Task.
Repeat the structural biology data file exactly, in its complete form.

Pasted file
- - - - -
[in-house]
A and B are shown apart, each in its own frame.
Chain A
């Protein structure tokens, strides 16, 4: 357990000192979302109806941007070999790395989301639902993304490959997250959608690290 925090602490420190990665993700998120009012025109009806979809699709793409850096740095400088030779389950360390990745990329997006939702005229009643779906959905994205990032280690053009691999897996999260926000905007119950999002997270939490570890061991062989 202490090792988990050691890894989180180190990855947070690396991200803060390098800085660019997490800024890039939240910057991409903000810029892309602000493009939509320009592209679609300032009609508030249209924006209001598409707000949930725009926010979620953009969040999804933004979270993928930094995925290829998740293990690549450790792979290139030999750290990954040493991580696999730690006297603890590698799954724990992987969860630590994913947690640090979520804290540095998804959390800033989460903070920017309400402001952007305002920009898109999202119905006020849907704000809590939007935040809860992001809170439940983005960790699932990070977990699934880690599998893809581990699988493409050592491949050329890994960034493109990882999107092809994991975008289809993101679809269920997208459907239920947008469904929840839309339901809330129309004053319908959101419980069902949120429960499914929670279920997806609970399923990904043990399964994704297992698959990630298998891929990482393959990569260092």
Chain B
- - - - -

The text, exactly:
[in-house]
A and B are shown apart, each in its own frame.
Chain A
């Protein structure tokens, strides 16, 4: 357990000192979302109806941007070999790395989301639902993304490959997250959608690290 925090602490420190990665993700998120009012025109009806979809699709793409850096740095400088030779389950360390990745990329997006939702005229009643779906959905994205990032280690053009691999897996999260926000905007119950999002997270939490570890061991062989 202490090792988990050691890894989180180190990855947070690396991200803060390098800085660019997490800024890039939240910057991409903000810029892309602000493009939509320009592209679609300032009609508030249209924006209001598409707000949930725009926010979620953009969040999804933004979270993928930094995925290829998740293990690549450790792979290139030999750290990954040493991580696999730690006297603890590698799954724990992987969860630590994913947690640090979520804290540095998804959390800033989460903070920017309400402001952007305002920009898109999202119905006020849907704000809590939007935040809860992001809170439940983005960790699932990070977990699934880690599998893809581990699988493409050592491949050329890994960034493109990882999107092809994991975008289809993101679809269920997208459907239920947008469904929840839309339901809330129309004053319908959101419980069902949120429960499914929670279920997806609970399923990904043990399964994704297992698959990630298998891929990482393959990569260092």
Chain B